The upcoming launch of the Intel P55 and associated S1156 based processors is starting to resemble the buildup we noticed before the P965/Core 2 launch. We are already swamped with weekly press releases touting specifications and feature information from all of the P55 launch partners. In fact, revisions are occurring on an almost daily basis as each manufacturer tweaks their final product designs in hopes of capturing your hard earned dollars.

While aesthetics, features, and colors are an integral part of the motherboard design, ultimately how well it performs is based on the quality of components and BIOS design. We also happen to rate warranty and customer support at the top of this list but eventually it always comes back to performance or price for most users.

When it comes to performance, Gigabyte is usually a name that always comes up in the course of a conversation when discussing motherboards. They typically have extremely solid products and occasionally will hit one of those grand slam home runs with a product like the GA-EP45-UD3P, a board that offers the right blend of features, performance, support, price, and character.

The reason we bring this up is that the GA-P55-UD6 is already invoking the same feelings for us. Well, all except price as this will be Gigabyte's premium P55 offering. However, this board offers a lot for the money and is certainly targeting the enthusiast. Obviously, we cannot discuss performance yet, but the i5 is going to surprise a lot people, especially those buying into the lower end i7 market.

Even without the Gigabyte name plate on the P55 heatsink, taking one look at the layout and color scheme of this board instantly identifies its heritage. In fact, this design has not changed since we first looked at it during Computex this year. Gigabyte tossed the kitchen sink at this board and it stuck, but somehow it all works together without appearing to be too busy. We are not big fans of the floppy drive port and even IDE is starting to irritate us on the enthusiast boards, although one justification for IDE comes from the extreme overclocking community. In the quest to push PCIe speeds as far as possible the user can end up with some nasty SATA hard drive crashes that usually corrupt the operating system. So it turns out that an IDE drive can still be an overclockers best friend in certain situations.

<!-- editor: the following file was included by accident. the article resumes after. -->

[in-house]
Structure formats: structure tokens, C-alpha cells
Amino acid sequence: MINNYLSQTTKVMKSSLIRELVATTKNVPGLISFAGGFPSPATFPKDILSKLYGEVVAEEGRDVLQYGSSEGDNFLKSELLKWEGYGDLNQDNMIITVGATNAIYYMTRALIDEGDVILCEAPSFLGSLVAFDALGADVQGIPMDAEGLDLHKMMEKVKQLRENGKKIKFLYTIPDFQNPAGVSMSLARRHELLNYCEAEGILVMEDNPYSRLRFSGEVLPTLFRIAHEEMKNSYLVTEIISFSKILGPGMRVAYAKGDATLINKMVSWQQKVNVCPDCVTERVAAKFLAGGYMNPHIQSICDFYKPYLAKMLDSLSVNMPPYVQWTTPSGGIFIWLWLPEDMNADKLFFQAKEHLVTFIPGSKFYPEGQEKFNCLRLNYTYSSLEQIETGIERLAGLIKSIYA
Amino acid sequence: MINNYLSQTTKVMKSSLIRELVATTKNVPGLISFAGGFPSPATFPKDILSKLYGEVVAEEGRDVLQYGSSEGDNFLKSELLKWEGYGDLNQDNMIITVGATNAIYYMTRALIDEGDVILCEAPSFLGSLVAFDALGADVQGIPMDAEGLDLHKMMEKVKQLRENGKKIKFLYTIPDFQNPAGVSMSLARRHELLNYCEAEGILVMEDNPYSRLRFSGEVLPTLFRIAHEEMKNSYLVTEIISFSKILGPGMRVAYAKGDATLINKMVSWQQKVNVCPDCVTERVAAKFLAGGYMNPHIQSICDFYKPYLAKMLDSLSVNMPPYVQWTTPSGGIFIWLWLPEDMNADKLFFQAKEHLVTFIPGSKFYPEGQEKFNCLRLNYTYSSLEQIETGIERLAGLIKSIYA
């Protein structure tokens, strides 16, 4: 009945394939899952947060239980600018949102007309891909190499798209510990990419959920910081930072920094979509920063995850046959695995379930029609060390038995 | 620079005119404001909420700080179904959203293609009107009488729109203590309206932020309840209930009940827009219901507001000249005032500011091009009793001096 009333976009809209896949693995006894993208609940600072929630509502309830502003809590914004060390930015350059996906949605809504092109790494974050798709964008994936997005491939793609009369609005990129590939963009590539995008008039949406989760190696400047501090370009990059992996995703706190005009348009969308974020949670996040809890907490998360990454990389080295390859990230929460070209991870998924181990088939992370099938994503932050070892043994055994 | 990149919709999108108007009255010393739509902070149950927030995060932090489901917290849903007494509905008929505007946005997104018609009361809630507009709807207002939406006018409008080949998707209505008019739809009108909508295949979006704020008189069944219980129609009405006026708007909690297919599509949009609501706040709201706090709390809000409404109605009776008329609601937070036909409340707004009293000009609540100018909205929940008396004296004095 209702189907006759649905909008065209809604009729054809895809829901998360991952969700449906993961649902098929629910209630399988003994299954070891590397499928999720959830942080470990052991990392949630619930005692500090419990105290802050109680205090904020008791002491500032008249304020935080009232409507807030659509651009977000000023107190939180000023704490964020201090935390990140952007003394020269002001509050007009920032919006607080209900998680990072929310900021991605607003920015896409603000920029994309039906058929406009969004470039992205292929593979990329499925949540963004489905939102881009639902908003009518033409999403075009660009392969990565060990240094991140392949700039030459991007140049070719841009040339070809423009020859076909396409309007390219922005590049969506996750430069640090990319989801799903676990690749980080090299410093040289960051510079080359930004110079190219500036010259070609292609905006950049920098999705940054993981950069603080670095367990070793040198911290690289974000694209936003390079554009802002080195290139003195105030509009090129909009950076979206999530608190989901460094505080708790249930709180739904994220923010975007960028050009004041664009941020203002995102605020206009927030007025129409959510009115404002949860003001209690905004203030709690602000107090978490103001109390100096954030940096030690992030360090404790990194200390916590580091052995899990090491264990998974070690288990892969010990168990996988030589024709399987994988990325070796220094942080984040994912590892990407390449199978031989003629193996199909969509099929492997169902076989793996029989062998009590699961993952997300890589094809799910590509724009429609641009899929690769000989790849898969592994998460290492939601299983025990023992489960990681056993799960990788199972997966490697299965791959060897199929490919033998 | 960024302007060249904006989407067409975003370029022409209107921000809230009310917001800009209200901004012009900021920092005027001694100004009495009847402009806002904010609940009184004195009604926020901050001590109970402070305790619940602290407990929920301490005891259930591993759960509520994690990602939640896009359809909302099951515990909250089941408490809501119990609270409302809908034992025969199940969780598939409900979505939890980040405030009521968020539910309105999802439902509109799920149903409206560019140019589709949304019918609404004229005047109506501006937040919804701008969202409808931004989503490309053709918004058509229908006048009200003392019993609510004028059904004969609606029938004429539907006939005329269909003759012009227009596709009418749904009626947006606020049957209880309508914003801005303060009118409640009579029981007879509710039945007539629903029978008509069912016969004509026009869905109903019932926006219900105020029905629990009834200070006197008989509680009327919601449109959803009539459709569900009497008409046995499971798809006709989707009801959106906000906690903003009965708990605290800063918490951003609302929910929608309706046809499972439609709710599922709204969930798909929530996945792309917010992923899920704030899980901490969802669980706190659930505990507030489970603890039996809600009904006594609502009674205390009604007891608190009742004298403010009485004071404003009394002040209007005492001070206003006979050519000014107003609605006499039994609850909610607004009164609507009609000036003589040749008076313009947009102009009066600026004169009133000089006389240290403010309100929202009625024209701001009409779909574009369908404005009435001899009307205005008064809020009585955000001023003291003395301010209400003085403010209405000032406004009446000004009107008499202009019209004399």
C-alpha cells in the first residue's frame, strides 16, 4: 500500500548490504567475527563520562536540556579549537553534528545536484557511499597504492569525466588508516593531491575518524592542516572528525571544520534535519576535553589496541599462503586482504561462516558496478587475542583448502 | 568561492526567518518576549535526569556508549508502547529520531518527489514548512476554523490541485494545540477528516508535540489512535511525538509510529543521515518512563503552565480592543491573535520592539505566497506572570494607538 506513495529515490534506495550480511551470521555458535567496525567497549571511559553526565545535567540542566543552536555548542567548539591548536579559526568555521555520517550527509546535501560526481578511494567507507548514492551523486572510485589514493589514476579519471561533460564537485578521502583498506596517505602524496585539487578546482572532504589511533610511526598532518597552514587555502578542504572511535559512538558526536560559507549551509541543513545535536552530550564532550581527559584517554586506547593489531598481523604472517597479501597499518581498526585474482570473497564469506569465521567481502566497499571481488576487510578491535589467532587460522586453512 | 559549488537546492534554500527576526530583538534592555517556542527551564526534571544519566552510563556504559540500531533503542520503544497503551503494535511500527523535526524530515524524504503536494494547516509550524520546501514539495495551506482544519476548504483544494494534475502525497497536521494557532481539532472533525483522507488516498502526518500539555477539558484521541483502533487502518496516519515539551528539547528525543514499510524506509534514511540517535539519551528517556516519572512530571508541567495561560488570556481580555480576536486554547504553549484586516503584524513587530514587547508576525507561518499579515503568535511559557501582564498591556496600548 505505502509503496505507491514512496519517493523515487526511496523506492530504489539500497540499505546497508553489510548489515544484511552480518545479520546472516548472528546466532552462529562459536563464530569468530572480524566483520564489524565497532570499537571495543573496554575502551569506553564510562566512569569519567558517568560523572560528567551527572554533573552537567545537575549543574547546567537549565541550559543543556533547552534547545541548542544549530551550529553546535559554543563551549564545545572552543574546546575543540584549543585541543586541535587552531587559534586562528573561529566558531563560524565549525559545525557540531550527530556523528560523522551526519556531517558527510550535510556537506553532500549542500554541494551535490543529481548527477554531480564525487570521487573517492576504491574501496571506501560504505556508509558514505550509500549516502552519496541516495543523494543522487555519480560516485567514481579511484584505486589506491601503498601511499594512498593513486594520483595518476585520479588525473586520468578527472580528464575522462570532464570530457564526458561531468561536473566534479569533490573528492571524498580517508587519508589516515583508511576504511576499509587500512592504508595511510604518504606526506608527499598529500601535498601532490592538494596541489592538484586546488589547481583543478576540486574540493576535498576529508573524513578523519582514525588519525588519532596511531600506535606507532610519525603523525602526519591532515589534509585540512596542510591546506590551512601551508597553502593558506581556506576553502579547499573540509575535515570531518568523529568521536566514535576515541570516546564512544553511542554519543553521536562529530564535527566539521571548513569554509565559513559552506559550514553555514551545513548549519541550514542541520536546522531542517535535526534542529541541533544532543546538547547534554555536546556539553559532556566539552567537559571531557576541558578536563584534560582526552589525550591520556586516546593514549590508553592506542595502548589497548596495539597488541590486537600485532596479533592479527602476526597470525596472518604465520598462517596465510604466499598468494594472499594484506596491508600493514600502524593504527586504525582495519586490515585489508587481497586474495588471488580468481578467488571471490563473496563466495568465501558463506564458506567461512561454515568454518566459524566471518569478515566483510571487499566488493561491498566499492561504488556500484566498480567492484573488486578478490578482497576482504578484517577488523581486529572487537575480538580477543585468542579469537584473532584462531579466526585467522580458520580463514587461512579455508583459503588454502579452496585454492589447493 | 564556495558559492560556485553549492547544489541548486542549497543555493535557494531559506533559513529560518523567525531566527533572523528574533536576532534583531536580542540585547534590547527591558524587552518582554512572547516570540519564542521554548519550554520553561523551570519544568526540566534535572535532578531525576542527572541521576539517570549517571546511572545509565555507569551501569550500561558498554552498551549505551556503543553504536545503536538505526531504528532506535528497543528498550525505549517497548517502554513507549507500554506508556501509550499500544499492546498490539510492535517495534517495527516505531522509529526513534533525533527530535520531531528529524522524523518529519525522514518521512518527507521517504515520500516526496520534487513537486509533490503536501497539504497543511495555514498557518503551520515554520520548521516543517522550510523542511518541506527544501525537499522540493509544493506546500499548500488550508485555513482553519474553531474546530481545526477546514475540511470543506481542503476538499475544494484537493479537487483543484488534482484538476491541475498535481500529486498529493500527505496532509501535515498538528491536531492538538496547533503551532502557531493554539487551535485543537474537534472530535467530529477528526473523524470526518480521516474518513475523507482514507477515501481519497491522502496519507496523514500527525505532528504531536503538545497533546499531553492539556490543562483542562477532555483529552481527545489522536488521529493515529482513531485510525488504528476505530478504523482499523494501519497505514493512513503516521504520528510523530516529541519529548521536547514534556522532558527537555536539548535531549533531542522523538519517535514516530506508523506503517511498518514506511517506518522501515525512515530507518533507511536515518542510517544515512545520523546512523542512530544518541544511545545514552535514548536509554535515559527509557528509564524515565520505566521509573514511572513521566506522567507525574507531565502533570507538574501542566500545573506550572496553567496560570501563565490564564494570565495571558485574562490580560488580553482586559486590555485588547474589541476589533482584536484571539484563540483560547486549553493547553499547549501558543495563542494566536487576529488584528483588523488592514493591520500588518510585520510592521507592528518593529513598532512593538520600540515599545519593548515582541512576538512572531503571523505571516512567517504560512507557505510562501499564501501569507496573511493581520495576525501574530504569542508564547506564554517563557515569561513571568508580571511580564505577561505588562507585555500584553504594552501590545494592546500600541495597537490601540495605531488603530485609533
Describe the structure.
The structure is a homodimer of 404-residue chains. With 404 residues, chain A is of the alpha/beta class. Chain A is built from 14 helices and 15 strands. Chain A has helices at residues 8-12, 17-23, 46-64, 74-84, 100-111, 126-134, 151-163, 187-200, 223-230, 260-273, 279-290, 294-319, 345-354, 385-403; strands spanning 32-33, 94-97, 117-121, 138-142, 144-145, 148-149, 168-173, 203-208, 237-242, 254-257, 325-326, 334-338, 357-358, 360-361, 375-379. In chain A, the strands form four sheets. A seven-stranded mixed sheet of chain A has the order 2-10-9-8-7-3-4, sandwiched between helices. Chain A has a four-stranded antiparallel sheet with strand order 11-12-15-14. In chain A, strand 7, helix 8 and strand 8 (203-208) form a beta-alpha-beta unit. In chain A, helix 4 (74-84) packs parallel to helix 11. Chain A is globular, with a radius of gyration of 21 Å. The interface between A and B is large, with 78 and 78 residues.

Hello 24-phase VRM technology. As with the space race and horsepower wars a few decades ago, we are now officially witnessing a Phase race in the motherboard industry. Does a greater number of phases actually improve clocking or temperatures, not necessarily, in fact, it can do just the opposite if designed poorly. The good news is that Gigabyte appears at first glance to have done their homework in this area. Exactly what the true advantages of this design compared to the 8-phase or 12-phase setups utilized by other companies is something we are testing at this moment.

Gigabyte continues on with their Ultra Durable 3 technology that consists of high quality solid capacitors, low RDS(on) MOSFETs, and ferrite core chokes plus their custom "Dynamic Energy Savings" technology that will throttle this board down to four-phases at idle or low load situations.

Due to the real estate involved in placing a 24-phase VRM setup on the board, the majority of MOSFETs and Intersil phase doublers are located on the back of the board. Considering some of the MOSFET temperatures we regularly see when overclocking the X58 motherboards, this area does cause us some concern for users who test on an open bench since airflow and heat dissipation under the board will be severely blocked.